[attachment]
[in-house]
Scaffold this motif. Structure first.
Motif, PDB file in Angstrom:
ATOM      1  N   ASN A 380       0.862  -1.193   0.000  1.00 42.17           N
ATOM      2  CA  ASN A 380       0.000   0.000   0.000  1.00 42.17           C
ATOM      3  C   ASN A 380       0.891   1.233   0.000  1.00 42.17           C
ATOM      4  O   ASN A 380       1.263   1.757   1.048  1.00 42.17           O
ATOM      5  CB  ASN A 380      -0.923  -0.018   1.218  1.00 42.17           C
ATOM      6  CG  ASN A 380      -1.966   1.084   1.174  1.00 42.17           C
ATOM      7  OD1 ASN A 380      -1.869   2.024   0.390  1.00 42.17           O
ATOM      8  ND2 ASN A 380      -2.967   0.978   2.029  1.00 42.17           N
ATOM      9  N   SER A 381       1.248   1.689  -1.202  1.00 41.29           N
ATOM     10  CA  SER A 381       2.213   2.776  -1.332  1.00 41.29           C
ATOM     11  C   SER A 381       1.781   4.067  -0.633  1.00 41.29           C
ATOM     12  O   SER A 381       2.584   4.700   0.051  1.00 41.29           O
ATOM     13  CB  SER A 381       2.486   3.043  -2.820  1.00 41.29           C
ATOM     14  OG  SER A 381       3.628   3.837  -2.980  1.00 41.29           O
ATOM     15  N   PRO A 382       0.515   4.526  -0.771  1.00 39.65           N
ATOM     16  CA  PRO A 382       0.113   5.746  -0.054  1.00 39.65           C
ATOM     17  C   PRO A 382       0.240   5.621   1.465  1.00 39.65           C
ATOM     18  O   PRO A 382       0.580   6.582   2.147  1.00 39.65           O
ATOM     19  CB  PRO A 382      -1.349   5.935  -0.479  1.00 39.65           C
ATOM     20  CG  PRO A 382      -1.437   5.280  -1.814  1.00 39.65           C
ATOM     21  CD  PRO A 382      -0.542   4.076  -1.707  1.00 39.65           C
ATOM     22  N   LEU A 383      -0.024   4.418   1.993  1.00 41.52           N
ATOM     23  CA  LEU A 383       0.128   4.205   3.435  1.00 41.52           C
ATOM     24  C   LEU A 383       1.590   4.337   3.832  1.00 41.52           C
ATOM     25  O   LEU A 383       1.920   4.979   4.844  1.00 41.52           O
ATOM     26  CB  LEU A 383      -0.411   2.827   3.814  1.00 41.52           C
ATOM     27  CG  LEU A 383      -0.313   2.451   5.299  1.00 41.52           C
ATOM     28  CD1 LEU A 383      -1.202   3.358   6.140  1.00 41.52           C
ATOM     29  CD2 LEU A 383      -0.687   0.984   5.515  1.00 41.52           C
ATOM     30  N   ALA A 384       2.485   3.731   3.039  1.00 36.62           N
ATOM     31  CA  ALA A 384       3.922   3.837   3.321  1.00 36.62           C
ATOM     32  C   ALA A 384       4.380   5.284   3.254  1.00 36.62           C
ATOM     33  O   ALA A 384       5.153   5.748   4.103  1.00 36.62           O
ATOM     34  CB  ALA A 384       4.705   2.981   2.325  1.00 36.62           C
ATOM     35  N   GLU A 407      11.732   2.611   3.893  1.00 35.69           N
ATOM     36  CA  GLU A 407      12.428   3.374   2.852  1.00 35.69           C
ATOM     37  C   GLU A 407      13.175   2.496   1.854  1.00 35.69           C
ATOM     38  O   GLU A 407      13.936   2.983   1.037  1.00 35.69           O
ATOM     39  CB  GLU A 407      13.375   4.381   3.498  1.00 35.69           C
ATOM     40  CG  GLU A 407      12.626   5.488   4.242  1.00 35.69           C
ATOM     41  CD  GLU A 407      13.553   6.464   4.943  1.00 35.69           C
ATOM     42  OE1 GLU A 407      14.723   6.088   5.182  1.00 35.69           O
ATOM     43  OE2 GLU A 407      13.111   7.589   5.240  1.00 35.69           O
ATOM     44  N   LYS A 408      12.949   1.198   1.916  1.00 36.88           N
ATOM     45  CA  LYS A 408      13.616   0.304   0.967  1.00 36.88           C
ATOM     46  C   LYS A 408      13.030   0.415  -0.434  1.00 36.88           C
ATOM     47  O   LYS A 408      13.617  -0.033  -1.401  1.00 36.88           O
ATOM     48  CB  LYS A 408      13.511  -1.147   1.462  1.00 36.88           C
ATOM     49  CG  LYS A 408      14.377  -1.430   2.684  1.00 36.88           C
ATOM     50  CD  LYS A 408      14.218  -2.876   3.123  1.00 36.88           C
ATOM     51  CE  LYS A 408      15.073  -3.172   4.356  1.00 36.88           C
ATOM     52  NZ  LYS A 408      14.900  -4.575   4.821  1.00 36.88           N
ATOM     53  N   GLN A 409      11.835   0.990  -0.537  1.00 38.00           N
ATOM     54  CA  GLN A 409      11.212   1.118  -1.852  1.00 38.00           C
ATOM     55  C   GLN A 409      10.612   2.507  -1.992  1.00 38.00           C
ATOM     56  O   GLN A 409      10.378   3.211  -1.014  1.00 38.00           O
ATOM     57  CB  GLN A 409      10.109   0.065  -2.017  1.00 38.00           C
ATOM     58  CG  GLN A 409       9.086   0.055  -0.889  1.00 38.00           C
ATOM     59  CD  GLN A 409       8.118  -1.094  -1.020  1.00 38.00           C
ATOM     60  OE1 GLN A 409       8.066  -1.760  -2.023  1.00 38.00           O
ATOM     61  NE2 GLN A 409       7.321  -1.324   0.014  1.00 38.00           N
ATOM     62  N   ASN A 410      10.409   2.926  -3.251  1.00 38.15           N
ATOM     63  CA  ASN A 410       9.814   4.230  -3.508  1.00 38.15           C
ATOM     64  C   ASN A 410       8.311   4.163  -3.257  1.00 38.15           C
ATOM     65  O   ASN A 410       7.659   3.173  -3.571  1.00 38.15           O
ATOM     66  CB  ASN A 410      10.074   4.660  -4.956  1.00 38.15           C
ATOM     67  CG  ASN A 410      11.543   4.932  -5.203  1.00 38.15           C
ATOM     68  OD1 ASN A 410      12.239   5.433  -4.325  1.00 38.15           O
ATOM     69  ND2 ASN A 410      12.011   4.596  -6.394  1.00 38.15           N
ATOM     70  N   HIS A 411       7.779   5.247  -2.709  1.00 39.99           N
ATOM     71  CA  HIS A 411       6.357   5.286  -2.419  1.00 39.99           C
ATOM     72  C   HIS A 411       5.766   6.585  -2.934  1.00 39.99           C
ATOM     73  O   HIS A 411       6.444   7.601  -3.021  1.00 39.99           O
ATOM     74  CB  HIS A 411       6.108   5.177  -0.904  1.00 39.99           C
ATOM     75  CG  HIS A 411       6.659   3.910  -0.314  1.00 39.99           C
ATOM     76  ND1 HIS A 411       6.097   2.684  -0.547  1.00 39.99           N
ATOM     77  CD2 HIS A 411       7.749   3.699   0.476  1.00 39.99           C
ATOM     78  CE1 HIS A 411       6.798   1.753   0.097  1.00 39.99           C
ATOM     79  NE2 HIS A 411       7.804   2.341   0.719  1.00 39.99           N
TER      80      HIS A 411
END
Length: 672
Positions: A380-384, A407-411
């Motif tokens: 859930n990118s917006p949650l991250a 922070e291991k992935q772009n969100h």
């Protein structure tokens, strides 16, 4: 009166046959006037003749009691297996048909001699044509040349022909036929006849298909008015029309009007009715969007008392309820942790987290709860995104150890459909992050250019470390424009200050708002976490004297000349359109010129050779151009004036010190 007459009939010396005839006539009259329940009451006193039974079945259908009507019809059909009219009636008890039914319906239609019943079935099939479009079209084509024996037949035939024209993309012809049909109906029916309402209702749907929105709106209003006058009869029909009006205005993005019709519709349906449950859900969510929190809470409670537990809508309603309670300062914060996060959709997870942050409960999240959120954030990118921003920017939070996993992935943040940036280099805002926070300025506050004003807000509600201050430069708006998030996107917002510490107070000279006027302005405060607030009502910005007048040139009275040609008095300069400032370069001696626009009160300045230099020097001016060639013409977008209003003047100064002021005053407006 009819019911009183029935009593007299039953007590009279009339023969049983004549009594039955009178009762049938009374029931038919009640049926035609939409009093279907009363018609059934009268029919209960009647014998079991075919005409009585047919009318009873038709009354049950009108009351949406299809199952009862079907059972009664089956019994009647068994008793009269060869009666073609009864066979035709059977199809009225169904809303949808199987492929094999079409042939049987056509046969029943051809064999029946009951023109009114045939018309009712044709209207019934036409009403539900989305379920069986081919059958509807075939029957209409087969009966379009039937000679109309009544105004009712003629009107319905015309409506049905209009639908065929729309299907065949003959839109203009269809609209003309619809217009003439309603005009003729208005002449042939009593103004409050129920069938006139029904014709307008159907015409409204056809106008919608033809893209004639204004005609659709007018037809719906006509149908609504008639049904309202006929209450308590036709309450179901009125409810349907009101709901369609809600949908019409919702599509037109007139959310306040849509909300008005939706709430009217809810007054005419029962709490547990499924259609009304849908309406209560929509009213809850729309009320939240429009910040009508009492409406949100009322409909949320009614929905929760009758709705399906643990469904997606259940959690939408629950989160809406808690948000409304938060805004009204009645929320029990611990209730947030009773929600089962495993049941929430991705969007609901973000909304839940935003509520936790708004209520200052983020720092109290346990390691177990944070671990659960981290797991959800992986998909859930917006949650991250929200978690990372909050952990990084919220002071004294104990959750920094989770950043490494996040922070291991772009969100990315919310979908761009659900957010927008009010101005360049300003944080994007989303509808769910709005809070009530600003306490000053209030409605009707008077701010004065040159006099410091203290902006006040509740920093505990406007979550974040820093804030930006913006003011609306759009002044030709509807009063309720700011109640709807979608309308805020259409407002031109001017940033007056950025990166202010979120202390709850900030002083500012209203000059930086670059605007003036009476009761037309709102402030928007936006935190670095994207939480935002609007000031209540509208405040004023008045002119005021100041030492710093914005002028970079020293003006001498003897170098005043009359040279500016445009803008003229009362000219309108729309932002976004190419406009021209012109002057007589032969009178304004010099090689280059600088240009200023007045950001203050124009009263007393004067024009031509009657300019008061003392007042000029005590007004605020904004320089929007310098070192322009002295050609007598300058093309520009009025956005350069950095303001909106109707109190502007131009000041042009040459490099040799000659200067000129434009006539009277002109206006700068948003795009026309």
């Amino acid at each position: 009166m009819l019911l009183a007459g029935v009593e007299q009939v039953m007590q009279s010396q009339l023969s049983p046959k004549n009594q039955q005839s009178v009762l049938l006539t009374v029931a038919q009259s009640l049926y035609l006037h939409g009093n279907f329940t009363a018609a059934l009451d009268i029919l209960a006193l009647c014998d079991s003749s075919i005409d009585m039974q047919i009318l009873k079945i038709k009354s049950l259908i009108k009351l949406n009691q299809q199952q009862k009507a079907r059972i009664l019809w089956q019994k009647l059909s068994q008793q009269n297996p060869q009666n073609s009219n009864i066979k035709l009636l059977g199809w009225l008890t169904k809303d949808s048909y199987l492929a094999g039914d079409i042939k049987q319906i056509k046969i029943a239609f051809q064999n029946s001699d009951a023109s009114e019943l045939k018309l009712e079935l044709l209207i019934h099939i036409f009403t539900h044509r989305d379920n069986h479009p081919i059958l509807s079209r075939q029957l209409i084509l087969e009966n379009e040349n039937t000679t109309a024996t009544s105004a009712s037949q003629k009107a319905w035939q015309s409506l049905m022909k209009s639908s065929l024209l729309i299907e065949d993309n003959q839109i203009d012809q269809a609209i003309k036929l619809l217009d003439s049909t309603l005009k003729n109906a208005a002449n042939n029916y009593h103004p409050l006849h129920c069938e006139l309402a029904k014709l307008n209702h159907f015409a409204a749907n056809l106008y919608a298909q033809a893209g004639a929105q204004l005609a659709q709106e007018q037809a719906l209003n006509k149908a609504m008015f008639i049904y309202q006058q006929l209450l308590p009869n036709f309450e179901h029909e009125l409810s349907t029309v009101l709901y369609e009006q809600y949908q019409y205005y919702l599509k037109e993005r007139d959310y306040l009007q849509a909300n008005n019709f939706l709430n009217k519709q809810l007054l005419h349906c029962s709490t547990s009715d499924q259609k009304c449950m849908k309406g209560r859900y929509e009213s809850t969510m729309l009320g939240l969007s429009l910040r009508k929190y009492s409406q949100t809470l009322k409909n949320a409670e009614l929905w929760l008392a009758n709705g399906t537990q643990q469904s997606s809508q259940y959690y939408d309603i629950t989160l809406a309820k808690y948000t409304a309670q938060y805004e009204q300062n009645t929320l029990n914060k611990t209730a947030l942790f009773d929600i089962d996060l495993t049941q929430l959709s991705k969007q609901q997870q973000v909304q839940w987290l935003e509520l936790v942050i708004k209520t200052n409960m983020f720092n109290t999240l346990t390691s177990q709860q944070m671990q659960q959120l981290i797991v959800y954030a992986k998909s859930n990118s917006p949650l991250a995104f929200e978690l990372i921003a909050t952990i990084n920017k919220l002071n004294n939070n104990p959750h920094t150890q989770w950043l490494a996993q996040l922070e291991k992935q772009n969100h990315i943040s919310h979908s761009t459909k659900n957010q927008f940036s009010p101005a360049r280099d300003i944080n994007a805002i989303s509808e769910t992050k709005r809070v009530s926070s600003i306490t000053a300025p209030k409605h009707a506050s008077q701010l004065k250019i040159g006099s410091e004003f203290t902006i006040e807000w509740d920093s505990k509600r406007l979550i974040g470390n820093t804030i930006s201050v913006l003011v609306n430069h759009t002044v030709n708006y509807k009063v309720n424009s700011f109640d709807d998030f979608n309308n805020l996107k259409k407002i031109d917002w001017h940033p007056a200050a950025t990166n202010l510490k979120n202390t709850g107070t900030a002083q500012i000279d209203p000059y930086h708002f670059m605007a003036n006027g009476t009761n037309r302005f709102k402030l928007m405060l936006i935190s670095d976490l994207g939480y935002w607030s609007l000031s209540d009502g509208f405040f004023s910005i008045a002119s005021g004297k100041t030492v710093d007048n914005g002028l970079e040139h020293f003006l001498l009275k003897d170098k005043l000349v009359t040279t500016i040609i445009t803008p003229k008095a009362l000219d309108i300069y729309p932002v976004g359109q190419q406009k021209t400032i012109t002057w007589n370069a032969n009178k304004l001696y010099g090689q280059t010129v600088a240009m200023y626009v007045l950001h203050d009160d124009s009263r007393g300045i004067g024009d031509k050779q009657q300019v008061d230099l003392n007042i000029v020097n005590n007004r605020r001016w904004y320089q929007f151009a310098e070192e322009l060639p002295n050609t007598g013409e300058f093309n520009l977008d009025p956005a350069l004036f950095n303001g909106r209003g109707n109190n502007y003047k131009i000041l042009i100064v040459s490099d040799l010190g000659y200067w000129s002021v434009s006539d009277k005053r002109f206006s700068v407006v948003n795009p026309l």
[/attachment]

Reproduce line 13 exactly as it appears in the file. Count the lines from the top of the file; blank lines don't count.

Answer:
ATOM     10  CA  SER A 381       2.213   2.776  -1.332  1.00 41.29           C